The public outcry over recent revelations in the ongoing saga of clergy sex abuse has elicited unprecedented response from the highest levels of the church. Twice in recent days, Pope Benedict XVI has promised that the church will act to stem abuse and bring justice to priests who abused children.
The unknown, of course, is exactly what measures the Vatican would put in place beyond the guidelines it posted in early April instructing bishops to report sexual abuse of children to civil authorities. Moreover, many critics believe that the pope’s concerns don’t go far enough in addressing reform of a system that protected abusive priests, sometimes for decades, while keeping their crimes hidden from the wider community.
For many victims’ advocates and others who criticize the hierarchy’s handling of the crisis, Benedict’s pledge to victims that he met with during his recent trip to Malta is too little too late. According to a Vatican statement after the meeting, the pope assured the victims that the church would work to bring abusive priests to justice and that it would put in place “effective measures” to protect children (see story).
Punishing only the priests while ignoring the bishops who oversaw the cover-up of crimes has been a point of frustration articulated by victims’ advocates and others such as the lay advocacy group Voice of the Faithful. They say the strategy fails to get at the deeper problem of a hierarchical culture that engaged in elaborate deceptions, including transferring priests to multiple parishes, denying that crimes had been committed, paying the victims and their families to maintain silence and failing to notify police.
While critiques of the clerical culture have been widespread in certain Catholic circles (the U.S. bishops, for instance, heard several versions of the critique during their famous meeting in Dallas in 2002) the criticism has begun to be heard increasingly from within.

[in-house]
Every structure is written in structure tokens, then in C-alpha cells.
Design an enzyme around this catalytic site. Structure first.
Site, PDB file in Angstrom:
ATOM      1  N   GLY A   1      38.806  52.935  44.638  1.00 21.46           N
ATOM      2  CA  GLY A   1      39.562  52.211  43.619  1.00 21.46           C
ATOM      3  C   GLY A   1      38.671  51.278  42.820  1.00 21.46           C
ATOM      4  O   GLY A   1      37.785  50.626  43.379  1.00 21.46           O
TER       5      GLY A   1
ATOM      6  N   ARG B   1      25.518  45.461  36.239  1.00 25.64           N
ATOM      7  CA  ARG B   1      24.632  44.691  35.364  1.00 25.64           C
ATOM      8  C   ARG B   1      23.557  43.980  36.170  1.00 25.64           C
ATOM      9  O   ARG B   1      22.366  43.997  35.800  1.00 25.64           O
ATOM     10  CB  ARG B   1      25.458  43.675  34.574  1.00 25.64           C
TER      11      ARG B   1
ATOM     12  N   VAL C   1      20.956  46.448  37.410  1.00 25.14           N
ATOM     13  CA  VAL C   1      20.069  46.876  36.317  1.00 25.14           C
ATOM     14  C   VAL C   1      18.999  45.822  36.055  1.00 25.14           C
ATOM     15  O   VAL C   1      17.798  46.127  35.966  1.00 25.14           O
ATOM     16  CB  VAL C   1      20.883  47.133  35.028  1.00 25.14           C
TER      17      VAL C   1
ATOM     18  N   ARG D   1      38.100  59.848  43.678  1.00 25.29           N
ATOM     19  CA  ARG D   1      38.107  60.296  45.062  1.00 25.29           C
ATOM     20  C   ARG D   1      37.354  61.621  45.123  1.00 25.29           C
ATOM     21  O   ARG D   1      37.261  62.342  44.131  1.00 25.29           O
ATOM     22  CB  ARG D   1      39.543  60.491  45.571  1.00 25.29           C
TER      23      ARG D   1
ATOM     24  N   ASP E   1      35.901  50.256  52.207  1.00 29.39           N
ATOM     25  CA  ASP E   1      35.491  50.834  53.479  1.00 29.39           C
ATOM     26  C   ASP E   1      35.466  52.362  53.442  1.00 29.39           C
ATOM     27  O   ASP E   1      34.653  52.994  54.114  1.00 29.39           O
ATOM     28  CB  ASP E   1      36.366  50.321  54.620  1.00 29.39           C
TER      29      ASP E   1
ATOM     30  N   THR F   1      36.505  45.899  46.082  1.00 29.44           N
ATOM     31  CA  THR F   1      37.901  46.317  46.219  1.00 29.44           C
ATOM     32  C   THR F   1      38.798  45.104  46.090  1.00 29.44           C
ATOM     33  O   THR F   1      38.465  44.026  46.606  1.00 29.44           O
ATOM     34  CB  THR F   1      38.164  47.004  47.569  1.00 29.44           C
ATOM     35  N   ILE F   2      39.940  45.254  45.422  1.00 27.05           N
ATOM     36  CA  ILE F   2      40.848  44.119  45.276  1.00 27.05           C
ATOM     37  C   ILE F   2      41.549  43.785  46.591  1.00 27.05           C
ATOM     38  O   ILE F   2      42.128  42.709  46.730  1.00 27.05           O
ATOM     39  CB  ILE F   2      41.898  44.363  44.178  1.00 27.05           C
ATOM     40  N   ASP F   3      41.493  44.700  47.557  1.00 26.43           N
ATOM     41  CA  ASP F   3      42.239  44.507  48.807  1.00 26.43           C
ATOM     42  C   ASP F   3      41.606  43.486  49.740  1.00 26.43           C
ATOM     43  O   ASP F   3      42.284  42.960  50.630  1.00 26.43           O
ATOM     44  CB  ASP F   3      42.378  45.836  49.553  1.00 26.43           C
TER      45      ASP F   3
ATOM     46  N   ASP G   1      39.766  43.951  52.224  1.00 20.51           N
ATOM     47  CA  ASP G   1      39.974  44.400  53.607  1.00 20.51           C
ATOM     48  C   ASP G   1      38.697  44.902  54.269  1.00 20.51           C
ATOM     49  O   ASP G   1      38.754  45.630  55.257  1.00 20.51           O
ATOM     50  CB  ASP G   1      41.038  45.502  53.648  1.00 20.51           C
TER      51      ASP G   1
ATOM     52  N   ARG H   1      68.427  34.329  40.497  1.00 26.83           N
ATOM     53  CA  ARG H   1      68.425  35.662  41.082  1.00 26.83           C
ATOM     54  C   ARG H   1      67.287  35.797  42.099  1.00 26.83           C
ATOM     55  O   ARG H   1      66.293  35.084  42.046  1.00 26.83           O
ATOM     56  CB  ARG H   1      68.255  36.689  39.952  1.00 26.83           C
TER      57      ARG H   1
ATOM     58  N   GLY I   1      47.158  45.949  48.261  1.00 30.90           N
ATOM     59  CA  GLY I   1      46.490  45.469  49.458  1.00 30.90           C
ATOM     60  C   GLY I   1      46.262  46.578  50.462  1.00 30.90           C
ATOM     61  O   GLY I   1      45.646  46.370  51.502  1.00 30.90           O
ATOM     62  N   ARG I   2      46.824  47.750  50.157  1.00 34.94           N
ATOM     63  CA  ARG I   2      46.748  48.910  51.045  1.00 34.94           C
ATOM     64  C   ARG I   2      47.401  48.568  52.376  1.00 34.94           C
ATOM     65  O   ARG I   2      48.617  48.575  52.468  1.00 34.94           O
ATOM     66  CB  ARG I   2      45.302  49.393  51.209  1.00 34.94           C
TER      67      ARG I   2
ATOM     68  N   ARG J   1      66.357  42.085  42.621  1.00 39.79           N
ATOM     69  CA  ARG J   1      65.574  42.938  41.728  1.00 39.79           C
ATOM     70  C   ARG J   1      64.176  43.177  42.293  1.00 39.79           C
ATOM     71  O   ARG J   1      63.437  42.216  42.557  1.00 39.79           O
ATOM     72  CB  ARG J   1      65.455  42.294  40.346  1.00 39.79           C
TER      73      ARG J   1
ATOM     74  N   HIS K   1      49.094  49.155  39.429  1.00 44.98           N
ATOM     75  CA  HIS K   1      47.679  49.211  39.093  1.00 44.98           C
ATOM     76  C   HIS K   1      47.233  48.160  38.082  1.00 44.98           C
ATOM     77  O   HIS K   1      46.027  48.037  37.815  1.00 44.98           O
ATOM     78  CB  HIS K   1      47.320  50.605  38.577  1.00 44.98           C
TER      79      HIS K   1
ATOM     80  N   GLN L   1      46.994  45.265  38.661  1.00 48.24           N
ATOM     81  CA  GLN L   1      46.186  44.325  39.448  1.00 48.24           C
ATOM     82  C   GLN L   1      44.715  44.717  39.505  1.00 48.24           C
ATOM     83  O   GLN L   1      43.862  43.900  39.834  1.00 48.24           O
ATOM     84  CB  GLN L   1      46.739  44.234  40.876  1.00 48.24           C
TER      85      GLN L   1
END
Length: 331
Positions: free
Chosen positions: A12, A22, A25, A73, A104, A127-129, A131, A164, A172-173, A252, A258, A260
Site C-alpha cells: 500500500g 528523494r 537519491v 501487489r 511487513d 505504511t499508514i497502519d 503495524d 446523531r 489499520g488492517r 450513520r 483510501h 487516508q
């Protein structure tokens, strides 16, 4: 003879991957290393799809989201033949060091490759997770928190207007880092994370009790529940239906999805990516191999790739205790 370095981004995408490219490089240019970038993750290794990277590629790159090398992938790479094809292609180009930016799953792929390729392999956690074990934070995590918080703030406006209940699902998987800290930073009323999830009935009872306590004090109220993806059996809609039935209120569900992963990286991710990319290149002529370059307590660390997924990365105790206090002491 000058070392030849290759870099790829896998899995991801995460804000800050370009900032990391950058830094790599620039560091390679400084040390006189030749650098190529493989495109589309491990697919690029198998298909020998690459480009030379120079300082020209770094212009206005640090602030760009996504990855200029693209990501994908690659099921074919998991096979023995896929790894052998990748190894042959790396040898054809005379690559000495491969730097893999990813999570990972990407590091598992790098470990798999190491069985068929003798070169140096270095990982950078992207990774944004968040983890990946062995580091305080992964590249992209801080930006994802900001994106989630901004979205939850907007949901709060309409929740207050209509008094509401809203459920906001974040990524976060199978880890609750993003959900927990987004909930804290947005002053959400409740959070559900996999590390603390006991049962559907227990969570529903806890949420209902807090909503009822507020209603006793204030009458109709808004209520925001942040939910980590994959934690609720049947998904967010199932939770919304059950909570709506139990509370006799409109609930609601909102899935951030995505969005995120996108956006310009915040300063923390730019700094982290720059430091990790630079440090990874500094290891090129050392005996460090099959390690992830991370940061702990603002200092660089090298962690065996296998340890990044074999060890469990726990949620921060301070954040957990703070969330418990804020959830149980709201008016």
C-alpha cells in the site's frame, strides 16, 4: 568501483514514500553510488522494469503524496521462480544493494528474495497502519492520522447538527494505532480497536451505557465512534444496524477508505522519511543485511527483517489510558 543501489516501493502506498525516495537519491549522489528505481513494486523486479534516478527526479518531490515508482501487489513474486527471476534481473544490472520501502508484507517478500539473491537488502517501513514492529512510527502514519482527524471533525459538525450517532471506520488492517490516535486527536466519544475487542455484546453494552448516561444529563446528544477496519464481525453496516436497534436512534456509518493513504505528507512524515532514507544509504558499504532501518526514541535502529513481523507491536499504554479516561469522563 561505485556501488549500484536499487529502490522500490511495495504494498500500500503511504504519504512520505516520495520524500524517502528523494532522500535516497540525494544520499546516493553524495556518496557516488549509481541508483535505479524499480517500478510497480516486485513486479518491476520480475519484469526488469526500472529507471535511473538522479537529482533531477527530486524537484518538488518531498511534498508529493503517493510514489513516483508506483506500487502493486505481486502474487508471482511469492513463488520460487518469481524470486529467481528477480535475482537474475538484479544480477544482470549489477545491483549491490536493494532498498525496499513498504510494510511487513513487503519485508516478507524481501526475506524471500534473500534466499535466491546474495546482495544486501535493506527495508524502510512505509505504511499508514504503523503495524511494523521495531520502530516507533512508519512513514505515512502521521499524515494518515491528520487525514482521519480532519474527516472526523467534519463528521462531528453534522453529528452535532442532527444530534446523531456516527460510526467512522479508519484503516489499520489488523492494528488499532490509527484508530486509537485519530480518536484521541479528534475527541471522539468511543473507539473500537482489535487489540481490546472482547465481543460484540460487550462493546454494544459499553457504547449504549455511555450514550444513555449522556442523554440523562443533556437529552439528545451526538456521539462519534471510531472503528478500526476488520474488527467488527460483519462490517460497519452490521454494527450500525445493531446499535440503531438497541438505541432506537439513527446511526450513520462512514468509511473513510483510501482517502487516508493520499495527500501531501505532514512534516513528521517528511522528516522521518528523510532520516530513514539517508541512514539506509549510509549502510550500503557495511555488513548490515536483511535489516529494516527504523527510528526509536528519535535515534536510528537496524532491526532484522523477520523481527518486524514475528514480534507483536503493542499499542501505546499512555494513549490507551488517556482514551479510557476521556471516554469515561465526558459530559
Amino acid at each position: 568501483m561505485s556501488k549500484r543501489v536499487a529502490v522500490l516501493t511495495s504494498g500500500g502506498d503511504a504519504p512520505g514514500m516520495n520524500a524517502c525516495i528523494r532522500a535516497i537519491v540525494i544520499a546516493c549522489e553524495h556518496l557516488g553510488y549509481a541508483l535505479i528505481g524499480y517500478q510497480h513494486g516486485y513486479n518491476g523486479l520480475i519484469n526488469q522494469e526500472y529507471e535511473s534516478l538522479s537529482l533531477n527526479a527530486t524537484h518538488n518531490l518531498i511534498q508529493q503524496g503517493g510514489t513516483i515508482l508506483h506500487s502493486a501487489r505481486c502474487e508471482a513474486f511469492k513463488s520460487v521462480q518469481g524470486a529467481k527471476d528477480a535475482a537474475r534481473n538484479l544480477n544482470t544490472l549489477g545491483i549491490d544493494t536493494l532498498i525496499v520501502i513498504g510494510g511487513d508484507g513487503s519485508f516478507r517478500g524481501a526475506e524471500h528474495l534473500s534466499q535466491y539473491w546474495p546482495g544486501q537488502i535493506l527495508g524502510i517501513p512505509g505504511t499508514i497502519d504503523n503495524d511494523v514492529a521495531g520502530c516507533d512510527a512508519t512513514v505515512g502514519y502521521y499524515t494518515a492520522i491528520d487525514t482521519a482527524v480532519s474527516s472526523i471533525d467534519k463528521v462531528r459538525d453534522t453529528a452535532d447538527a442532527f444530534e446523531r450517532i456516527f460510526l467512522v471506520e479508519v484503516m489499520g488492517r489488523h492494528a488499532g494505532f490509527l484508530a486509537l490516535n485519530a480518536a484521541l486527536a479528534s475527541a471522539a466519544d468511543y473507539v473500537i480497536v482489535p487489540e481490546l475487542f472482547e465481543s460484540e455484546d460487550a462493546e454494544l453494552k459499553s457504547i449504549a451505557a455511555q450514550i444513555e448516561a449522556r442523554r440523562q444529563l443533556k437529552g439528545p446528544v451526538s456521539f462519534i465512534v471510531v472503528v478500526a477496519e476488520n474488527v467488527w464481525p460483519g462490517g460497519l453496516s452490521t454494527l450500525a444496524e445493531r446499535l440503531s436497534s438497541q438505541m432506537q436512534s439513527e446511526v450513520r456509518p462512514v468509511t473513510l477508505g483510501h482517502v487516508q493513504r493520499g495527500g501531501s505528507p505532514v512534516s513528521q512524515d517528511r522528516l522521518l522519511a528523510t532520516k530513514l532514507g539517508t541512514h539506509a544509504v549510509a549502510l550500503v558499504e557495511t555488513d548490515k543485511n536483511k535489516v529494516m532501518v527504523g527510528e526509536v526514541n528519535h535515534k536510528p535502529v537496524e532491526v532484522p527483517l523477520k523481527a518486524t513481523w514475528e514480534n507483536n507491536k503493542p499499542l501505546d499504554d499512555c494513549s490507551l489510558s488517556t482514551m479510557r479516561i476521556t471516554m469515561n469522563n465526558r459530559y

Such criticism by the hierarchy itself has been especially growing in Ireland, where three bishops have resigned in four months following the release of the third government report detailing sex abuse in different sections of the country.
“What I am looking forward to is the church in Ireland seriously taking on that agenda [for reform], committing itself to a process that will develop us into a church that is transparent, that is open and accountable,” said Bishop Donal McKeown, auxiliary bishop of Down and Connor in Ireland. He made his comments following the release in November of a government report on sex abuse by priests in the Dublin archdiocese.
Another Irish bishop, Willie Walsh of Killaloe, issued a call for what The Irish News termed “root-and-branch” reform. “If some structures which we have put up over the years and over the centuries have to be taken down, then so be it,” he said.
Most explicit in citing a clerical culture in need of reform was Bishop Jim Moriarty of Kildare and Leighlin, whose resignation was the most recent accepted by Benedict. In a statement April 22 announcing his resignation, Moriarty said he took the step because he was part of the governance of the Dublin archdiocese “prior to when correct child protection policies and procedures were implemented. Again I accept that from the time I became an auxiliary bishop, I should have challenged the prevailing culture.”